Road trip news, rants, and ruminations by the Editors of RoadsideAmerica.com
February 29, 2012
It’s been years since we last glimpsed the Arm of the Unknown Soldier, a grisly Civil War relic displayed in a box at the long-gone Antietam Battlefield Museum in Sharpsburg, Maryland. Imagine our surprise, then, when we discovered that the arm had not been tossed in the trash when the museum closed, but instead had found its way into the National Museum of Civil War Medicine in Frederick, only a few miles from its old home.
“It may not be alive, but it’s well,” said George Wunderlich, the museum’s executive director. The arm, a shriveled right-handed horror with claw-like fingers and a ragged upper end, was apparently blown off a soldier during the Battle of Antietam in 1862. The generally accepted story is that it was found on the battlefield several weeks later, wrapped in a towel, stuck in an attic, and preserved by liberal amounts of salt (and possibly arsenic).
George assured us that every effort was being made to put the arm back on public view by September 17, 2012, the 150th anniversary of its dismemberment. That auspicious date would appeal to ghost hunters as well as vengeful undead enthusiasts.
Like the display of General Sickles leg bone at the National Museum of Health and Medicine, George hopes to exhibit the arm next to an example of the projectile that removed it.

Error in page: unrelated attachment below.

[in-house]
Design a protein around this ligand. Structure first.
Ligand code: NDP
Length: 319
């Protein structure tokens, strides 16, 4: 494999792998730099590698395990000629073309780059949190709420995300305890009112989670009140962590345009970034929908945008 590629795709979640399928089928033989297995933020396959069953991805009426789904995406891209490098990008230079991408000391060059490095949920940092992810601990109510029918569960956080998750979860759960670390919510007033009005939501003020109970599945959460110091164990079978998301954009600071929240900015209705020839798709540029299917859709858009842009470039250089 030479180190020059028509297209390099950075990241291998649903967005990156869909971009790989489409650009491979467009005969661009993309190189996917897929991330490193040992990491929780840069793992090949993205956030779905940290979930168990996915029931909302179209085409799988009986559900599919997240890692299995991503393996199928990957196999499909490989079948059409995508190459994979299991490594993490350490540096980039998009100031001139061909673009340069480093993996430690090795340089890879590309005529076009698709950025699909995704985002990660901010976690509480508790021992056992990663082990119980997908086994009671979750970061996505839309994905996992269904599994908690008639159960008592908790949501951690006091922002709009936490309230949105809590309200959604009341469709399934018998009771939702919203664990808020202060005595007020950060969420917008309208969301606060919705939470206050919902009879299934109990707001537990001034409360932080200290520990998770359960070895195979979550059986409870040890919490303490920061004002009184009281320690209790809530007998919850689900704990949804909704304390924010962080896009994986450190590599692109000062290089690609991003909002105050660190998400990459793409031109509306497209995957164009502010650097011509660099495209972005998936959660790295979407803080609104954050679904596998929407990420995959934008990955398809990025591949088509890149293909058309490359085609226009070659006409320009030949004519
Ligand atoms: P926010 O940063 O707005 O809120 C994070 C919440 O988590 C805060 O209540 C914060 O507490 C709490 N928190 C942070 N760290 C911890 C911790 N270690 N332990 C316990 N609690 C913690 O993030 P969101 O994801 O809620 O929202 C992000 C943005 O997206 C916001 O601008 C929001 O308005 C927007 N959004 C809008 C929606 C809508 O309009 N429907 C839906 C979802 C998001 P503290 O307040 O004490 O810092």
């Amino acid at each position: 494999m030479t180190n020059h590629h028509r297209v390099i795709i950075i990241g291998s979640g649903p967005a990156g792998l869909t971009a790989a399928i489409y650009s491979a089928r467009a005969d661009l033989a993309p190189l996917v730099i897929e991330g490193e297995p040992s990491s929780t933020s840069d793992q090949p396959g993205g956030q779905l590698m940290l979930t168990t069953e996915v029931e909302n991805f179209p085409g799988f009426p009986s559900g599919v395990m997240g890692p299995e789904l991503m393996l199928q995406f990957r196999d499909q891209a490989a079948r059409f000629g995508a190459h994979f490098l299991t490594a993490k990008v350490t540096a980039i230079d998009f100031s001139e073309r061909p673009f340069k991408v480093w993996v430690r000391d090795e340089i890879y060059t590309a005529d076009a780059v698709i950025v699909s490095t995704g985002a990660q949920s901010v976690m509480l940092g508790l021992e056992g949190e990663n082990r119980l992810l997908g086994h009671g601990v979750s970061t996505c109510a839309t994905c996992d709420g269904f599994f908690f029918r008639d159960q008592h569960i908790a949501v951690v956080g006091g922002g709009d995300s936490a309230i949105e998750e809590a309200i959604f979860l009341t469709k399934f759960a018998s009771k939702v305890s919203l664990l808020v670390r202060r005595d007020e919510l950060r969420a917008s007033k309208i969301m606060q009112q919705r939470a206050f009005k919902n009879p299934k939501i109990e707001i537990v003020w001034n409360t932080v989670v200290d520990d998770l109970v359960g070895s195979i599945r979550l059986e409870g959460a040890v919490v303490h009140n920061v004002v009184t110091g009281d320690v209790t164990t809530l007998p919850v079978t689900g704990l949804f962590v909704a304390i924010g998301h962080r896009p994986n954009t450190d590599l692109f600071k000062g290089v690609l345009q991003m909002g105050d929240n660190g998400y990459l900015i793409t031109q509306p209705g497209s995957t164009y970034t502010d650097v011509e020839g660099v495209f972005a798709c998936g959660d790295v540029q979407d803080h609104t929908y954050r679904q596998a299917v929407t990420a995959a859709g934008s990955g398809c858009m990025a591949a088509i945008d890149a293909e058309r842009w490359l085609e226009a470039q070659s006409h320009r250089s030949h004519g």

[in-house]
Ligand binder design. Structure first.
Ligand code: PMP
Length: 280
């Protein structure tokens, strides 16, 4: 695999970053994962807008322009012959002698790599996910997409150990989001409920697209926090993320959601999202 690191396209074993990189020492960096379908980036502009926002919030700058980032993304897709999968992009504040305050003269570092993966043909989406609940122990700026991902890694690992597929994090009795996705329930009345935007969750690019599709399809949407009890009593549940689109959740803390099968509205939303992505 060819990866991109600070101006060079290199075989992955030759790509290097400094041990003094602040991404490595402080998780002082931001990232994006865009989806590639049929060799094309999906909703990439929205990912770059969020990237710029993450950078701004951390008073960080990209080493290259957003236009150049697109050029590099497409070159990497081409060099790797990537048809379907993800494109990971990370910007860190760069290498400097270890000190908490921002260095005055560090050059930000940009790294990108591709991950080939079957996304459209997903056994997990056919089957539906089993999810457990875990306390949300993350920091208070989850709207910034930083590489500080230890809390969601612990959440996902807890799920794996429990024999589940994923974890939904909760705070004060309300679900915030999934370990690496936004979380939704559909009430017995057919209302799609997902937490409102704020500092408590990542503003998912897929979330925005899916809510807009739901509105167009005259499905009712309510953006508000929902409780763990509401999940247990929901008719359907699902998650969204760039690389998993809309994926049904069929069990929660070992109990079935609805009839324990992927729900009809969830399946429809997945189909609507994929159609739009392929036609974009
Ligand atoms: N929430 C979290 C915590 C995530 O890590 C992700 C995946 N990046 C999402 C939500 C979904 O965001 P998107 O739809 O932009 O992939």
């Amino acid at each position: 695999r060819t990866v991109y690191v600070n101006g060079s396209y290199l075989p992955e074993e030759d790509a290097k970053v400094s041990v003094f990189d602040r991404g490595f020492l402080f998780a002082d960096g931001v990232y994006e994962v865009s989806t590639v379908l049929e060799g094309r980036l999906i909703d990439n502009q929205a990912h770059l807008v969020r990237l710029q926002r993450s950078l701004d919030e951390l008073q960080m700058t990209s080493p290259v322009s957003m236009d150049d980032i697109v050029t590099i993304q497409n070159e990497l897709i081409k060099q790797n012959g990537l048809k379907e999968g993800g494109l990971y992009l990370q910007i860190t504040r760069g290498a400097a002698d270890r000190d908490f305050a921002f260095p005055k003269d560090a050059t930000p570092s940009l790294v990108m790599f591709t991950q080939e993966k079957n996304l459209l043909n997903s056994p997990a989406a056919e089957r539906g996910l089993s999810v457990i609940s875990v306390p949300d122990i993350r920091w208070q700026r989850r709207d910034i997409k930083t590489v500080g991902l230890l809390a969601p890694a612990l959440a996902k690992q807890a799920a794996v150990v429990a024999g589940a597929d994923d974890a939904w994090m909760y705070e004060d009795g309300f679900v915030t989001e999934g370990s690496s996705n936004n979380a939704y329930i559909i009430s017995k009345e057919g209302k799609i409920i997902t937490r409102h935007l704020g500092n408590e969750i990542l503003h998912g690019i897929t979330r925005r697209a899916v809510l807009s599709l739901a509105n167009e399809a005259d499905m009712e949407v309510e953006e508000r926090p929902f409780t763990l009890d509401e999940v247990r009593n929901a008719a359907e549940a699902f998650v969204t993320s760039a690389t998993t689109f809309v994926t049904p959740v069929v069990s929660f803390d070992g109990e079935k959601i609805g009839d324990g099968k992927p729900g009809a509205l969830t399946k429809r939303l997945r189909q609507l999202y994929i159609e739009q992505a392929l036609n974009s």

The arm, George said, was undergoing chemical analysis and forensic pathology to determine exactly how it was severed, how it survived, and who it belonged to. “New methods of analyzing bones can determine diet,” George said, which might pinpoint the arm as either Federal or Rebel.
Another oddity in the museum’s collection, “always on display,” George noted, is a genuine Civil War condom, complete with a wrapper that has four paragraphs of instructions. Much of the text heaps praise on the morality of the user, and adds that it should always be employed “by young gentlemen while having relations with women of a public nature.”
Despite the general absence of desiccated human body displayed in America, only a half-hour west of the Civil War Medicine is another museum with a human arm on display, possibly another grisly relic from the Civil War. Although this second arm is a left arm, George regards it as far too different in style and appearance to be a match for the right arm at his museum.
“There are not lots of these things around; they’re very, very rare,” said George. “Bones, yes. Whole arms? No, not really.”
National Museum of Civil War Medicine
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